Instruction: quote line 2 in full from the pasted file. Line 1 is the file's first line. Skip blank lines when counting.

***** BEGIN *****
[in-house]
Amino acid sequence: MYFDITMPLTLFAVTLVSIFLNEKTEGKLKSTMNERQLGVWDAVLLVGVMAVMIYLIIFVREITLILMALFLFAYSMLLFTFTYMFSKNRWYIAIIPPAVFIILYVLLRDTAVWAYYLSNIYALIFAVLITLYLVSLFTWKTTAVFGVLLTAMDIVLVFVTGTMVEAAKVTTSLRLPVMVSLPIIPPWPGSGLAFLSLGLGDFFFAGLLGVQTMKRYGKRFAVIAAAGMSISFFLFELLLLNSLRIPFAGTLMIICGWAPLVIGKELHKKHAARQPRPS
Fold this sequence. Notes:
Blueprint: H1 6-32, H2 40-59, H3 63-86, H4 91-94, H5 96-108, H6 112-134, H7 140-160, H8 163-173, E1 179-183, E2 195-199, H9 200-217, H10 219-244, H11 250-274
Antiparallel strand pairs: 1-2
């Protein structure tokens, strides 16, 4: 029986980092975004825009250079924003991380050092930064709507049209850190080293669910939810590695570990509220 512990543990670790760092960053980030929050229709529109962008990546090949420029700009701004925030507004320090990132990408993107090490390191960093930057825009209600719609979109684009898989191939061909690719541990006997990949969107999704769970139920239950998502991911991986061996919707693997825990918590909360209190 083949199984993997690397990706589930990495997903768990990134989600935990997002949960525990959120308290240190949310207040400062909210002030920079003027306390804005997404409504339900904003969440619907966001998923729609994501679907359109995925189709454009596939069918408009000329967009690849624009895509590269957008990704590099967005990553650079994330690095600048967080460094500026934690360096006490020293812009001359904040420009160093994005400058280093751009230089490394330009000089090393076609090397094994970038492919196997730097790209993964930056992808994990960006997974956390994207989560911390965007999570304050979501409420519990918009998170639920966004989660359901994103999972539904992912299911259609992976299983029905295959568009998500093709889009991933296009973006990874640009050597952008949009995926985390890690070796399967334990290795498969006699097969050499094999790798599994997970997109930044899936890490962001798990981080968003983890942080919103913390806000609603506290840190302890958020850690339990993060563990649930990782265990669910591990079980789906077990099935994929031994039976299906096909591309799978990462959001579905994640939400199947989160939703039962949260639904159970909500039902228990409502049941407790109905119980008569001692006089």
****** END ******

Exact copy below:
Amino acid sequence: MYFDITMPLTLFAVTLVSIFLNEKTEGKLKSTMNERQLGVWDAVLLVGVMAVMIYLIIFVREITLILMALFLFAYSMLLFTFTYMFSKNRWYIAIIPPAVFIILYVLLRDTAVWAYYLSNIYALIFAVLITLYLVSLFTWKTTAVFGVLLTAMDIVLVFVTGTMVEAAKVTTSLRLPVMVSLPIIPPWPGSGLAFLSLGLGDFFFAGLLGVQTMKRYGKRFAVIAAAGMSISFFLFELLLLNSLRIPFAGTLMIICGWAPLVIGKELHKKHAARQPRPS